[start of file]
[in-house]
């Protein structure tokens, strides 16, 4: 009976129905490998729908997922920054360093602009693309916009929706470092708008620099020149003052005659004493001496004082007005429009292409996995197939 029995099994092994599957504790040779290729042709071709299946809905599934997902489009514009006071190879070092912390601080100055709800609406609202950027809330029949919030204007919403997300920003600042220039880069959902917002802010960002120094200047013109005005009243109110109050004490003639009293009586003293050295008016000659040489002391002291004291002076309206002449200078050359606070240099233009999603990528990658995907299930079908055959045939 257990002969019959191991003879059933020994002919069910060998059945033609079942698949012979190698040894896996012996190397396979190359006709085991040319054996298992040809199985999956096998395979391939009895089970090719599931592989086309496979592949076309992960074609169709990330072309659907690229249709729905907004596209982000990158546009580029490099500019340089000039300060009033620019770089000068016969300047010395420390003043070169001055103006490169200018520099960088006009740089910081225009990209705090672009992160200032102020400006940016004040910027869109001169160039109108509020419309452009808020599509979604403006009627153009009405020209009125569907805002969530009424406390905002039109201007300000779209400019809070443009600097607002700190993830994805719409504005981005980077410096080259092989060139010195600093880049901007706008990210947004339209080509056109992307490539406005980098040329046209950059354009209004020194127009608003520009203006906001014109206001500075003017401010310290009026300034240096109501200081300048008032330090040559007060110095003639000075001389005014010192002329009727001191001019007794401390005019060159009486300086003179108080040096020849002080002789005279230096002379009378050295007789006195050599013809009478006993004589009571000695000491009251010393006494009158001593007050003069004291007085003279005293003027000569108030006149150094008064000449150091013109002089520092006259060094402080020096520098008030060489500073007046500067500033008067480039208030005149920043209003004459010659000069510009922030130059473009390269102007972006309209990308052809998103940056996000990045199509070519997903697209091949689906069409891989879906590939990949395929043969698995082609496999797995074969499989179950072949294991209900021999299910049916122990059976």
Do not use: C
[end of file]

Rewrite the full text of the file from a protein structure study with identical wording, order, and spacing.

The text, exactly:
[in-house]
């Protein structure tokens, strides 16, 4: 009976129905490998729908997922920054360093602009693309916009929706470092708008620099020149003052005659004493001496004082007005429009292409996995197939 029995099994092994599957504790040779290729042709071709299946809905599934997902489009514009006071190879070092912390601080100055709800609406609202950027809330029949919030204007919403997300920003600042220039880069959902917002802010960002120094200047013109005005009243109110109050004490003639009293009586003293050295008016000659040489002391002291004291002076309206002449200078050359606070240099233009999603990528990658995907299930079908055959045939 257990002969019959191991003879059933020994002919069910060998059945033609079942698949012979190698040894896996012996190397396979190359006709085991040319054996298992040809199985999956096998395979391939009895089970090719599931592989086309496979592949076309992960074609169709990330072309659907690229249709729905907004596209982000990158546009580029490099500019340089000039300060009033620019770089000068016969300047010395420390003043070169001055103006490169200018520099960088006009740089910081225009990209705090672009992160200032102020400006940016004040910027869109001169160039109108509020419309452009808020599509979604403006009627153009009405020209009125569907805002969530009424406390905002039109201007300000779209400019809070443009600097607002700190993830994805719409504005981005980077410096080259092989060139010195600093880049901007706008990210947004339209080509056109992307490539406005980098040329046209950059354009209004020194127009608003520009203006906001014109206001500075003017401010310290009026300034240096109501200081300048008032330090040559007060110095003639000075001389005014010192002329009727001191001019007794401390005019060159009486300086003179108080040096020849002080002789005279230096002379009378050295007789006195050599013809009478006993004589009571000695000491009251010393006494009158001593007050003069004291007085003279005293003027000569108030006149150094008064000449150091013109002089520092006259060094402080020096520098008030060489500073007046500067500033008067480039208030005149920043209003004459010659000069510009922030130059473009390269102007972006309209990308052809998103940056996000990045199509070519997903697209091949689906069409891989879906590939990949395929043969698995082609496999797995074969499989179950072949294991209900021999299910049916122990059976």
Do not use: C